Learning Map – Summer 2017

A mind needs books as a sword needs a whetstone, if it is to keep its edge. – A Game Of Thrones (George R. R. Martin)

This summer was a very hectic time for my self-study and for my career. I was finally able to make a career-transition I have been planning since I was in high-school: becoming a computer science instructor.

I’m very happy with the transition, and I have been mainly studying the technologies I’m going to teach: Javascript, Node.JS, Express, and React.I initially used Code School to learn the basics, but now I’m mainly studying with my workplace’s internal material.

I’m also using (and will continue using for a while) the great “You don’t know Javascript” book series.

I’m learning a lot and I’m having tons of fun!

My projects and I

Red alert. The following post oozes nostalgia. Please proceed with caution.

Let me tell you a little secret: a part of my died when I came to the United States. I had to close my web projects (except my blog) to comply with student visa regulations. It was worth it of course, but as time went on, the consequences of my decision became more and more obvious.

To explain why, let me share some of my computer programming journeys.

Templo de Zelda and Ciberolimpiadas

You see, I made my first website when I was 14 years old (as of today, I’m 30). It was a Zelda fansite called “Templo de Zelda.”

Templo de Zelda screenshot

This was the second version. I lost the first version 🙁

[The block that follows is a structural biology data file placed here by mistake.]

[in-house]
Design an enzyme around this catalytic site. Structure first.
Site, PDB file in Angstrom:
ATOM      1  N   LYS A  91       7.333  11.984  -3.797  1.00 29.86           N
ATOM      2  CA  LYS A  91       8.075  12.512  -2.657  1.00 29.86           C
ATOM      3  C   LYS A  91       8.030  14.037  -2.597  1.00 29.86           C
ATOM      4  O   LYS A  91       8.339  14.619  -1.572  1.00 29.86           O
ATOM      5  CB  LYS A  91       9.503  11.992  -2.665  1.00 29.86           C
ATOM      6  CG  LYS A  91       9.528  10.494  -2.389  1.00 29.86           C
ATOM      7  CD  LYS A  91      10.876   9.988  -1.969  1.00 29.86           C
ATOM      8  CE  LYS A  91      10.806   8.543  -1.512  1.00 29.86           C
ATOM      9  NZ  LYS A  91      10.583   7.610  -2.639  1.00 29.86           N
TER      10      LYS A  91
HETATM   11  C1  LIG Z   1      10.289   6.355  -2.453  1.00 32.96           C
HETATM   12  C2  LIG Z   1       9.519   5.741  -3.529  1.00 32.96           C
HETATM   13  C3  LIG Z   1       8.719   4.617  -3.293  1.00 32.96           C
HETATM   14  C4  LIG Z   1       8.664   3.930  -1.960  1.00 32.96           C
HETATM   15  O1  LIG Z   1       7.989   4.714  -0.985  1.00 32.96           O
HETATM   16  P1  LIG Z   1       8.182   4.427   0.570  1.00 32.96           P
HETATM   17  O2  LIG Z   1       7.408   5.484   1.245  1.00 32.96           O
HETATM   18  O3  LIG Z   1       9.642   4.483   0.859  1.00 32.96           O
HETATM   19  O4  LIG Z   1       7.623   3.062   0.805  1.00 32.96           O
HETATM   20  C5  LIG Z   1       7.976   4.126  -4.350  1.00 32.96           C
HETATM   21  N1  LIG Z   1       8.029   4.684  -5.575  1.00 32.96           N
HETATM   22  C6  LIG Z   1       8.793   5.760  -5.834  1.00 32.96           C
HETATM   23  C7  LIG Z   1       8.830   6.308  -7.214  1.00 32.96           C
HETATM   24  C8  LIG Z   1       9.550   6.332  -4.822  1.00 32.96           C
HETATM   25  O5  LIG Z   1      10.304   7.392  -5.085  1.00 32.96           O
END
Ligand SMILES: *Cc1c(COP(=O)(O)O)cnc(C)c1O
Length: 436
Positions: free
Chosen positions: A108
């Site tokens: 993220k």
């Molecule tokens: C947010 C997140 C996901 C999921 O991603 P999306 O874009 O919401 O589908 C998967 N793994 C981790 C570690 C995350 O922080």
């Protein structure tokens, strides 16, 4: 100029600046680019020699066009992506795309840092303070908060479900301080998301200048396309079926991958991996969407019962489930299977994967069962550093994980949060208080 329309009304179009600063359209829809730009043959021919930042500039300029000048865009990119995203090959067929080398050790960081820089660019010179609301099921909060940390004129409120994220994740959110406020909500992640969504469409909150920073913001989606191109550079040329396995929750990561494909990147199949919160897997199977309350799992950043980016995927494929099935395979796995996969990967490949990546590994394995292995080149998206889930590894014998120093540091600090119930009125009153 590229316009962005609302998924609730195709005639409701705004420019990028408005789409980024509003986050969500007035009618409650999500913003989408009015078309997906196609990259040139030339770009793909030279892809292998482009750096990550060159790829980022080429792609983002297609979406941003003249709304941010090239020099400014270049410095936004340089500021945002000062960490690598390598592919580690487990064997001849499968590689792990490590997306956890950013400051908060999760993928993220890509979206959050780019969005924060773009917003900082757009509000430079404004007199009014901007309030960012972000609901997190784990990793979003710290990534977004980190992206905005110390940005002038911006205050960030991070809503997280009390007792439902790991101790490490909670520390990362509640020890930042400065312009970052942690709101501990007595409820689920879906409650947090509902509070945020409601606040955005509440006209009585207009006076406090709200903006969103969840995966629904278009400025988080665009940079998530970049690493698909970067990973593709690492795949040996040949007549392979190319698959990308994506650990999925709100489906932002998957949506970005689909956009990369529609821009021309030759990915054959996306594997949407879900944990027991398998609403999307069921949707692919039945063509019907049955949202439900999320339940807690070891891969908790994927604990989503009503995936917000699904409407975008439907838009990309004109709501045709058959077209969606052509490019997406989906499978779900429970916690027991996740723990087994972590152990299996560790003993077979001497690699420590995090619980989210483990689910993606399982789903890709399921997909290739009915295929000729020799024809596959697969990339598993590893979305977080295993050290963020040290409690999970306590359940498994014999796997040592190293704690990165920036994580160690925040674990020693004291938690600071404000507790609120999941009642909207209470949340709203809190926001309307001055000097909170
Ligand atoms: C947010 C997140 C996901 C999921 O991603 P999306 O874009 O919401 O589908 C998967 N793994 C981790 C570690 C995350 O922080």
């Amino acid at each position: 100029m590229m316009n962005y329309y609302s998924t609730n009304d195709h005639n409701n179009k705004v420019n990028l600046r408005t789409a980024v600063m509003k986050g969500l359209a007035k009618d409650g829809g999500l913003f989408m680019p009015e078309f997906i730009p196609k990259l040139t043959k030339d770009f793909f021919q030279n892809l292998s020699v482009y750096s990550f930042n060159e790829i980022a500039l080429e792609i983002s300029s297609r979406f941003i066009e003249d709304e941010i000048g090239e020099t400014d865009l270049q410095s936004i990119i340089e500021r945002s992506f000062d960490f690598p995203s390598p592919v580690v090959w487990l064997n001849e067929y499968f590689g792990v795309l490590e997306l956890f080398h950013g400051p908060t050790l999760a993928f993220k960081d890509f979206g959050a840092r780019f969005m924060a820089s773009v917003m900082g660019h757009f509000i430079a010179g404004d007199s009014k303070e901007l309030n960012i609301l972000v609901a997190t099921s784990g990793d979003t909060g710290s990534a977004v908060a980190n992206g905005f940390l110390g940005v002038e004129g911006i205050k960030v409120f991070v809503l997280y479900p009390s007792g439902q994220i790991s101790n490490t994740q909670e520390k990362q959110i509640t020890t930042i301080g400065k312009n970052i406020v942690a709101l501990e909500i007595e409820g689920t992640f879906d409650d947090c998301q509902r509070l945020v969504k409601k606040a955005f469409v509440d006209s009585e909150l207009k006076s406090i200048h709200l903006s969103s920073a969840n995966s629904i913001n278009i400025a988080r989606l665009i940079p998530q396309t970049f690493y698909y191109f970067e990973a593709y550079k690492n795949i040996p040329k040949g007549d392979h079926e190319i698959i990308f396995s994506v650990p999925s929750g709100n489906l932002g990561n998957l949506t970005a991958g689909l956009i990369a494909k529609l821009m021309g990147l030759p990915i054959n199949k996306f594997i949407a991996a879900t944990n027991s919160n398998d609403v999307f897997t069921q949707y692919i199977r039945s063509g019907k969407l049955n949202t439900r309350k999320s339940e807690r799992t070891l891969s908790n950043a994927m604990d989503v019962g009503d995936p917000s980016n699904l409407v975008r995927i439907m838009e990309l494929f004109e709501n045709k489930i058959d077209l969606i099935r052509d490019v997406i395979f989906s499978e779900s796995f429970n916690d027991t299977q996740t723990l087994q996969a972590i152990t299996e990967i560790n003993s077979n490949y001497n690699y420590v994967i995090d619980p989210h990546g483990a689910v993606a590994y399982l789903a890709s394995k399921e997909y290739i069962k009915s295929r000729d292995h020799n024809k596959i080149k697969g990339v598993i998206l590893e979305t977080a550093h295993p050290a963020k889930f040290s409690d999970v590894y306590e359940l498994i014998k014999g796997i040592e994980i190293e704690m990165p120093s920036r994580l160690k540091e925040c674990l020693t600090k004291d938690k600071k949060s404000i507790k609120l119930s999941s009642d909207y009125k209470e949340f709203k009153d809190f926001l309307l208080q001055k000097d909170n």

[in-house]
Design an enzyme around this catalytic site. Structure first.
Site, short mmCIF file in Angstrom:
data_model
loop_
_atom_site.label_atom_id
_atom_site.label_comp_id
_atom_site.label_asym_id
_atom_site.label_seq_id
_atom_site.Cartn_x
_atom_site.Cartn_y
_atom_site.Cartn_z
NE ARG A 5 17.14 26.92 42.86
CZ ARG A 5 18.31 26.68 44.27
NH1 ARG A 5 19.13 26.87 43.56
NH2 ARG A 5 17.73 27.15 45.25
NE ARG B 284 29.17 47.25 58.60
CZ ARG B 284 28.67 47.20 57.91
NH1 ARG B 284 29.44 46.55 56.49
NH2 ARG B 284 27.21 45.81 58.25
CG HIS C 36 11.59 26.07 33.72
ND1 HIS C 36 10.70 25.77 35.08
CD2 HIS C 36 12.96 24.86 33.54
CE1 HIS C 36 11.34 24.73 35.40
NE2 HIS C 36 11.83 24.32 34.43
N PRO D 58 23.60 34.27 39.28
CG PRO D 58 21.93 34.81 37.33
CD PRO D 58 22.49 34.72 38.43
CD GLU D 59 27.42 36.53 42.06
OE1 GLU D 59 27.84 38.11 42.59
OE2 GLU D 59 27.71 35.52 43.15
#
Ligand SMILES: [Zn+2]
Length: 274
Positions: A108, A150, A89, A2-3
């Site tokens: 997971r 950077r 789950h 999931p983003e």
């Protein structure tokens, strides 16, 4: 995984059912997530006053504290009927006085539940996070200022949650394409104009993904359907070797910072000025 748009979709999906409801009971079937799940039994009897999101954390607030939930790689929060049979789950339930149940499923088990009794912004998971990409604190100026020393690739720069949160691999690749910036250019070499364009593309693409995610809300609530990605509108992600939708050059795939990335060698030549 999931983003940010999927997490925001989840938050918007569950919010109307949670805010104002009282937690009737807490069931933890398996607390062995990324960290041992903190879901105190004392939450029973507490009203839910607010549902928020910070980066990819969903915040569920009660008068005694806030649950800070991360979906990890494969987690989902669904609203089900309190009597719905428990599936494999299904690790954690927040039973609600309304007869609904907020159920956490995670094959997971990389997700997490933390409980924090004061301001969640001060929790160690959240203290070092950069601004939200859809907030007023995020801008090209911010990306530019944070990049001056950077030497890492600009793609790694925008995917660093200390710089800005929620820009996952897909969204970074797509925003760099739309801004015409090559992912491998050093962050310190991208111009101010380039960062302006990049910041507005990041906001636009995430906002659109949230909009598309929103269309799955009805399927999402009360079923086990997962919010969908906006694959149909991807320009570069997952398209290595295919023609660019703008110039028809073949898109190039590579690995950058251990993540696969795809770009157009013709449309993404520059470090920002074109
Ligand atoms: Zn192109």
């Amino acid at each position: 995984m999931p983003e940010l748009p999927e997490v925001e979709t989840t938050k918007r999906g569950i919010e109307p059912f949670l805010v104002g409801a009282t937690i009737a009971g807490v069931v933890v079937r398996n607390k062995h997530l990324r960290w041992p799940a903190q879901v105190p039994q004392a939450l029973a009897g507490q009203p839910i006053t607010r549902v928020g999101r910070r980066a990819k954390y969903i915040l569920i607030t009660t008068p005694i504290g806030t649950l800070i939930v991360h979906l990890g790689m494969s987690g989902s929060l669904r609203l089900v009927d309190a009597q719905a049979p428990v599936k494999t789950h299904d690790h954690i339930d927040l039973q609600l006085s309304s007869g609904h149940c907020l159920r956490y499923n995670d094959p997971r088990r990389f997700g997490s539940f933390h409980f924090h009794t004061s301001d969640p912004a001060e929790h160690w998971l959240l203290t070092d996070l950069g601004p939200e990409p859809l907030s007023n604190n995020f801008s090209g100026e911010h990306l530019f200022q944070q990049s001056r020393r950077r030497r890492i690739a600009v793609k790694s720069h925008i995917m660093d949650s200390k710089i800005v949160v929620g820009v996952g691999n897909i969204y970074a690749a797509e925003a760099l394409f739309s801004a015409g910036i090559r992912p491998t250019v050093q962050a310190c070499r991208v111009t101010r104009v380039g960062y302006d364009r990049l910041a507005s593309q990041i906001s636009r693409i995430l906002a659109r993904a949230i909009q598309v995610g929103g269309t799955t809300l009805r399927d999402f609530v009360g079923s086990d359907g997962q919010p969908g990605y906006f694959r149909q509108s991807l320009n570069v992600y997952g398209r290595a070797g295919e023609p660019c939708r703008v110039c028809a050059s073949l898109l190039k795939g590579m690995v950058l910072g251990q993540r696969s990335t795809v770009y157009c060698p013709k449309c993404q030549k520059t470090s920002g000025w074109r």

I started with just a basic understanding of how to use a computer. By the end of the project, I had a strong set of web development skills. I worked on Templo de Zelda almost every single day for three years.

Templo De Zelda is, to this day, one of the things I’m proudest of. Some other day I’ll share detailed stories about my time with Templo de Zelda. It will be cathartic.

Templo de zelda (last version) screenshoot.

The fifth version of Templo De Zelda was in PHP and included forums, subsites, and much much more!

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Learning Map – Spring 2017

A mind needs books as a sword needs a whetstone, if it is to keep its edge. – A Game Of Thrones (George R. R. Martin)

I want to spend a little bit of time covering what I’ve been learning about in the past several months.


One of my current goals is to become a C# “expert”. A Programmer’s Guide to C# 5.0 is the first step in a long series of steps aimed at making this a reality.

I had to think long and hard to decide between C++ (which was my main area of expertise as a student) and C#. In the end, I opted for C# since it’s more aligned with several of my projects (e.g. Unity).

I’ve studied (I’ll cover how in a later post) about 70% of the material in this book and I’m eager to learn more!

Core Computer Science

But why become a C# expert if my fundamentals do not keep up? Another of my goals is to take my CS fundamentals and make them world-level. That is a humongous goal in and of itself, so The Algorithm Design Manual is only my first step.

I’m about 40% done with this one.


“Why didn’t I go with a more traditional book like Introduction to Algorithms for my fundamentals goal?” you might be wondering about.Well, I discovered that my mathematical foundations were weak. The last time a did SERIOUS math was when I took calculus back in my home country university (circa 2006…).

Weak mathematical foundations were unacceptable. After all…what is computer science if not applied math?. I decided to re-start from the beginning of the road (Arithmetic) with Khan Academy and re-build my knowledge without any holes. More importantly, this time I won’t let my math rust away.

I started with Arithmetics. I’m currently on Algebra one, and I’m planning on going to calculus and beyond…so I would say I’m barely scratching 10% on this one (probably less).

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